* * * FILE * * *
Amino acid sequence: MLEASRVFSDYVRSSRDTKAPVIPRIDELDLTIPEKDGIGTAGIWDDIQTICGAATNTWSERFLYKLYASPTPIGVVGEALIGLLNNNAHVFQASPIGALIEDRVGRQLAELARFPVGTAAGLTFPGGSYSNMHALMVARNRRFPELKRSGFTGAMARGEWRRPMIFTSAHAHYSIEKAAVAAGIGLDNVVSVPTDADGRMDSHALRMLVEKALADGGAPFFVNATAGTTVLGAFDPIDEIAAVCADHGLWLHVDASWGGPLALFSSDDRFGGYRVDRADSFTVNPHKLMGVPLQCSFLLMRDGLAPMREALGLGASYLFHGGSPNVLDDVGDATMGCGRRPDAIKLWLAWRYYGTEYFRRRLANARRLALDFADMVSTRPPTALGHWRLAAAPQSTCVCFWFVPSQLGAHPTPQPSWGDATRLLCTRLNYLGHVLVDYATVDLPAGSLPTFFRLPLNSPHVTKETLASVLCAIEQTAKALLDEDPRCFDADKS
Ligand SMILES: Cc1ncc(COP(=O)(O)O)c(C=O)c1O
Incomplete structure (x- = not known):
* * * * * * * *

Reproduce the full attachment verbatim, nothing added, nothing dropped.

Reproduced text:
Amino acid sequence: MLEASRVFSDYVRSSRDTKAPVIPRIDELDLTIPEKDGIGTAGIWDDIQTICGAATNTWSERFLYKLYASPTPIGVVGEALIGLLNNNAHVFQASPIGALIEDRVGRQLAELARFPVGTAAGLTFPGGSYSNMHALMVARNRRFPELKRSGFTGAMARGEWRRPMIFTSAHAHYSIEKAAVAAGIGLDNVVSVPTDADGRMDSHALRMLVEKALADGGAPFFVNATAGTTVLGAFDPIDEIAAVCADHGLWLHVDASWGGPLALFSSDDRFGGYRVDRADSFTVNPHKLMGVPLQCSFLLMRDGLAPMREALGLGASYLFHGGSPNVLDDVGDATMGCGRRPDAIKLWLAWRYYGTEYFRRRLANARRLALDFADMVSTRPPTALGHWRLAAAPQSTCVCFWFVPSQLGAHPTPQPSWGDATRLLCTRLNYLGHVLVDYATVDLPAGSLPTFFRLPLNSPHVTKETLASVLCAIEQTAKALLDEDPRCFDADKS
Ligand SMILES: Cc1ncc(COP(=O)(O)O)c(C=O)c1O
Incomplete structure (x- = not known):